Disclaimer: If I don't pick your talk it doesn't mean I don't like you or the material. :) It might be that I've already seen it and/or familiar with the content.
Web Application Security Road Map - Joe White
Because its initiatives like this one that will eventually serve as a template for other organizations to follow.
Http Bot Research - Andre M. DiMino - ShadowServer Foundation
I have a soft spot for bots, seemed interesting, and wanted to see what data they have.
Get Rich or Die Trying - Making Money on The Web, The Black Hat Way - Trey Ford, Tom Brennan, Jeremiah Grossman
Well, you know, I sorta have to be there. :)
New Exploit Techniques - Jeremiah Grossman & Robert "RSnake" Hansen
One of those presentations exposing what Web attacks in the next 12-18 month will look like. We've purposely kept really quiet about what we plan to demonstrate, but its certainly going to make people a little nervous. :)
Industry Outlook Panel
Curious about what these folks have on their mind.
Multidisciplinary Bank Attacks - Gunter Ollmann
Good speaker and I enjoy hacking backs. :)
Case Studies: Exploiting application testing tool deficiencies via "out of band" injection
I have no idea, though appeared to be an interesting topic
w3af - A Framework to own the web - Andres Riancho
I'd like to see this tool demonstrated and understand what it can really do.
Coding Secure w/PHP - Hans Zaunere
Want to see more about how this is done. It can be right?
Best Practices Guide: Web Application Firewalls - Alexander Meisel
A big toss up between this one and Pen Testing VS. Source Code Analysis, but had to go with the WAFs. Wanted to see what their point of view is and the guidance they're suggesting.
APPSEC Red/Tiger Team Projects - Chris Nickerson
Sounded cool, that's about it.
Industry Analyst with Forrester Research - Chenxi Wang
It's always good to know how the certain enterprises will be influenced
Security in Agile Development - Dave Wichers
As before, is this possible? And if so, how!? TELL ME!
Next Generation Cross Site Scripting Worms - Arshan Dabirsiaghi
cmon Arshan, no holding back. Give me the next NEXT generation XSS worms! :)
NIST SAMATE Static Analysis Tool Exposition (SATE) - Vadim Okun
Tools lined-up side-by-side and tested always interested me.
Practical Advanced Threat Modeling - John Steven
It's been a while since I attended a threat modeling talk, especially one targeted towards webappsec, which I hope this is.
Off-shoring Application Development? Security is Still Your Problem - Rohyt Belani
Uh yap it is, but what to do about it is the question. Hopefully Rohyt will answer that one.
Flash Parameter Injection (FPI) - Ayal Yogev & Adi Sharabani
Flash security is HUGE! HUGE I SAY!
Most of these speakers I've never seen present before, which I find refreshing. New talent, new ideas, and shows an emerging industry. Good luck everyone!
Posted: 12 Sep 2008 12:50 PM CDT
Posted: 12 Sep 2008 12:40 PM CDT
As promised I've looked a little more into the SSL behaviors in Chrome.
This is probably not the site you're looking for! You attempted to reach secure.mysite.com but instead reached the server identifying itself as www.mysite.com. This may be caused by a misconfiguration on the server or by something more serious. An attacker on your network could be trying to get you to visit a fake (and potentially harmful) version of www.mysite.com. You should not proceed.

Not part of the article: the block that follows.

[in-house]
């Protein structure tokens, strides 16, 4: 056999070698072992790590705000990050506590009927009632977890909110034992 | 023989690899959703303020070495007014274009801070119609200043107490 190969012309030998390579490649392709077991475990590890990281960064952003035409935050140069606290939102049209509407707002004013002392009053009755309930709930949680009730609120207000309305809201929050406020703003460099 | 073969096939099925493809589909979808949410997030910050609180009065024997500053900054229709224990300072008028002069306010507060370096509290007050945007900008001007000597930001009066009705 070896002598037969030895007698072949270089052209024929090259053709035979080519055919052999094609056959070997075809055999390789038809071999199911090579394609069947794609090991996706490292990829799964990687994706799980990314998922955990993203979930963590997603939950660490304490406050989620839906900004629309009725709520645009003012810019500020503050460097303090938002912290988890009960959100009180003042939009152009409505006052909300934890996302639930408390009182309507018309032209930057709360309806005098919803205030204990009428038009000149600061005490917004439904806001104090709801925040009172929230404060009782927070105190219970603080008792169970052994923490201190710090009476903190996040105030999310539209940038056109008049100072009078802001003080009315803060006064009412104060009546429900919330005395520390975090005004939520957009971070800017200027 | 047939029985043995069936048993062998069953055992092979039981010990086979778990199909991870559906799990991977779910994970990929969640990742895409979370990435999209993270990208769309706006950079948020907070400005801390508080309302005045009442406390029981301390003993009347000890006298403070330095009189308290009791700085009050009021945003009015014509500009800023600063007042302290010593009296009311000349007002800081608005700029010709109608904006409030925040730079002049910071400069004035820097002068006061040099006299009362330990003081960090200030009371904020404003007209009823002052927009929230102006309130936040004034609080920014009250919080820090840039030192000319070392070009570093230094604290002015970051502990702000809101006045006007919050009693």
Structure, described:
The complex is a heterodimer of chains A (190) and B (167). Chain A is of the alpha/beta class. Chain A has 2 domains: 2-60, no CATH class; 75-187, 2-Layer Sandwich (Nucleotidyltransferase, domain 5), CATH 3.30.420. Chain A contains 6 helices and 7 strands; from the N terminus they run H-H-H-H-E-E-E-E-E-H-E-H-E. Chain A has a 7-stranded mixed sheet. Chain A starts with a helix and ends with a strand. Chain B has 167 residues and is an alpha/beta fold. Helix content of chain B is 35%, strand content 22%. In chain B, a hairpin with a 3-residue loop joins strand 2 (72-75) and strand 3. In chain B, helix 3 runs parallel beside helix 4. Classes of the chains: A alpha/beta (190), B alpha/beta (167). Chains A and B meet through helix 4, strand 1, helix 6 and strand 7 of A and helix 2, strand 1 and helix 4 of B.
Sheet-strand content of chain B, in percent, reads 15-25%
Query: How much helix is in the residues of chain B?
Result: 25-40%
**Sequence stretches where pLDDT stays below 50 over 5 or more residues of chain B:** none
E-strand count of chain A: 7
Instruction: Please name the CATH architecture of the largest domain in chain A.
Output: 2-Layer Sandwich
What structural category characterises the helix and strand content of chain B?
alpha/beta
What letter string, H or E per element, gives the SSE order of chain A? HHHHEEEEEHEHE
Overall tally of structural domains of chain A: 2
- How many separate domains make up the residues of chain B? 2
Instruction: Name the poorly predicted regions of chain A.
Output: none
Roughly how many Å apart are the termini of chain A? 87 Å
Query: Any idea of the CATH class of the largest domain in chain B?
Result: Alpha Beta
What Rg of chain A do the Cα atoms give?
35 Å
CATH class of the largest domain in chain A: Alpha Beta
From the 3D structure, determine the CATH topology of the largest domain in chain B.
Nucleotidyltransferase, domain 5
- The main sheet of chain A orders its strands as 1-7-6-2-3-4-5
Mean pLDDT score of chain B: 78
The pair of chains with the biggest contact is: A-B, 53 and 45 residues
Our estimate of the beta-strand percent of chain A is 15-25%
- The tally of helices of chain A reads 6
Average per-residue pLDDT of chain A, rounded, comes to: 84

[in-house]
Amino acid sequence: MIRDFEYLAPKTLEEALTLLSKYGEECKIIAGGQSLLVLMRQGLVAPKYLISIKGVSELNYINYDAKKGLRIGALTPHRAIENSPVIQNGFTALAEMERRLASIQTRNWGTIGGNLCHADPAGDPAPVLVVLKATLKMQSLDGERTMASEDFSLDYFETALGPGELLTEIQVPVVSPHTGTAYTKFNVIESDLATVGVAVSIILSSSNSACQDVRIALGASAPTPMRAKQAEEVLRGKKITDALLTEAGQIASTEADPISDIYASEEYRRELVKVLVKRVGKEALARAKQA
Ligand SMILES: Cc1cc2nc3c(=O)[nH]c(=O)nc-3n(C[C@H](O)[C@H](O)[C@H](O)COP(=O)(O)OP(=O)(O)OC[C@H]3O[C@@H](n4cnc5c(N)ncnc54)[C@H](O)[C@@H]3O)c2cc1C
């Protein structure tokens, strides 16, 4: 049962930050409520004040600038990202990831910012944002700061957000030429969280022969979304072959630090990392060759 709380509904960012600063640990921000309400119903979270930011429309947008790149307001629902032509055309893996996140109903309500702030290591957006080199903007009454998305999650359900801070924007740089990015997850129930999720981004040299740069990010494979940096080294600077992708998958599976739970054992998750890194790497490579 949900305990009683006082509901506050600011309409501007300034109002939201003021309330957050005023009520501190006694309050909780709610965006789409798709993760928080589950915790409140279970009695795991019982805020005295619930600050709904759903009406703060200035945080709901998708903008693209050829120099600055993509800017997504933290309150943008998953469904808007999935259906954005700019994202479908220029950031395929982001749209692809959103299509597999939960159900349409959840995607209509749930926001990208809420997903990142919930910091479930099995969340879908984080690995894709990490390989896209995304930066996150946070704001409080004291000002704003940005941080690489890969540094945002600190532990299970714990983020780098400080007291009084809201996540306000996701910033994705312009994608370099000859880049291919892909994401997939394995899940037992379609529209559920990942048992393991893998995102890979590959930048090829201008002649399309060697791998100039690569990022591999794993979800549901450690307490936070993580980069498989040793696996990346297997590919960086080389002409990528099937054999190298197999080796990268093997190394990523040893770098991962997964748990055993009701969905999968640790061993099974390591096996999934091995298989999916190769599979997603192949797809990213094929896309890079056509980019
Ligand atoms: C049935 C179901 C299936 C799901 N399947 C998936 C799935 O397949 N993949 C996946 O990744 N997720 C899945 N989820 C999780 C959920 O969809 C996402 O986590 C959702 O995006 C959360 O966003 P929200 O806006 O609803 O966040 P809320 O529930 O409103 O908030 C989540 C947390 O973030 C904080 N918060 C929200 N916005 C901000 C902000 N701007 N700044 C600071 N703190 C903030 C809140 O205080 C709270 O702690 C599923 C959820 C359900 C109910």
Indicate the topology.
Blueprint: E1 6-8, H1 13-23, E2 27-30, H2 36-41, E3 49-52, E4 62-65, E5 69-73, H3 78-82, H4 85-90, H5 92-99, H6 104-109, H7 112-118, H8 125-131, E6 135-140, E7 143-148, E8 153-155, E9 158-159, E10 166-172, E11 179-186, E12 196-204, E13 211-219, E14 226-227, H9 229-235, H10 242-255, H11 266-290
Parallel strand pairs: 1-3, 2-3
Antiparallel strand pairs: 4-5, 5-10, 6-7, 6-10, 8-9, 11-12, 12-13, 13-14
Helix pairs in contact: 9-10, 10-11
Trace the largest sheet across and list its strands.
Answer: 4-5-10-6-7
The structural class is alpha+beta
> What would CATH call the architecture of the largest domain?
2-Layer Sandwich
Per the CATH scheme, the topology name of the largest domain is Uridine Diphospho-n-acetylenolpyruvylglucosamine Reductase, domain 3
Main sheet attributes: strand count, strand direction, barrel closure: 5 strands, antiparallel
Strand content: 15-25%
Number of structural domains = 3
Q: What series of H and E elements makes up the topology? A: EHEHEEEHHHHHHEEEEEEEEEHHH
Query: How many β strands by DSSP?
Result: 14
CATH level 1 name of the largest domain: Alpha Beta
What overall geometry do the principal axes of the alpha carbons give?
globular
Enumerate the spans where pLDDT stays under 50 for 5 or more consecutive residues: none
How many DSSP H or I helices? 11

Posted: 12 Sep 2008 08:49 AM CDT
Very uncharacteristic for Apple, but the update screen for 2.1 actually lists its updates.
Thanks for letting us know all these things Apple, please keep up the straightforwardness in updates!
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Posted: 12 Sep 2008 08:45 AM CDT
Available for: iPhone v2.0 through v2.0.2
Impact: An application may be able to read another application's files
Description: The Application Sandbox does not properly enforce access restrictions between third-party applications. This may allow a third-party application to read files in another third-party application's sandbox, and lead to the disclosure of sensitive information. This update addresses the issue by enforcing the proper access restrictions between application sandboxes. Credit to Nicolas Seriot of Sen:te and Bryce Cogswell for reporting this issue. This issue does not affect iPhone versions prior to v2.0.
Available for: iPhone v1.0 through v2.0.2
Impact: Multiple vulnerabilities in FreeType v2.3.5
Description: Multiple vulnerabilities exist in FreeType v2.3.5, the most serious of which may lead to arbitrary code execution when accessing maliciously crafted font data. This update addresses the issue by incorporating the security fixes from version 2.3.6 of FreeType. Further information is available via the FreeType site at http://www.freetype.org/
Available for: iPhone v1.0 through v2.0.2
Impact: mDNSResponder is susceptible to DNS cache poisoning and may return forged information
Description: mDNSResponder provides translation between host names and IP addresses for applications that use its unicast DNS resolution API. A weakness in the DNS protocol may allow a remote attacker to perform DNS cache poisoning attacks. As a result, applications that rely on mDNSResponder for DNS may receive forged information. This update addresses the issue by implementing source port and transaction ID randomization to improve resilience against cache poisoning attacks. Credit to Dan Kaminsky of IOActive for reporting this issue.
Available for: iPhone v2.0 through v2.0.2
Impact: Predictable TCP initial sequence numbers generation may lead to TCP spoofing or session hijacking
Description: TCP initial sequence numbers are sequentially generated. Predictable initial sequence numbers may allow a remote attacker to create a spoofed TCP connection or insert data into an existing TCP connection. This update addresses the issue by generating random TCP initial sequence numbers. This issue does not affect iPhone versions prior to v2.0.
Available for: iPhone v2.0 through v2.0.2
Impact: An unauthorized user may bypass the Passcode Lock and launch iPhone applications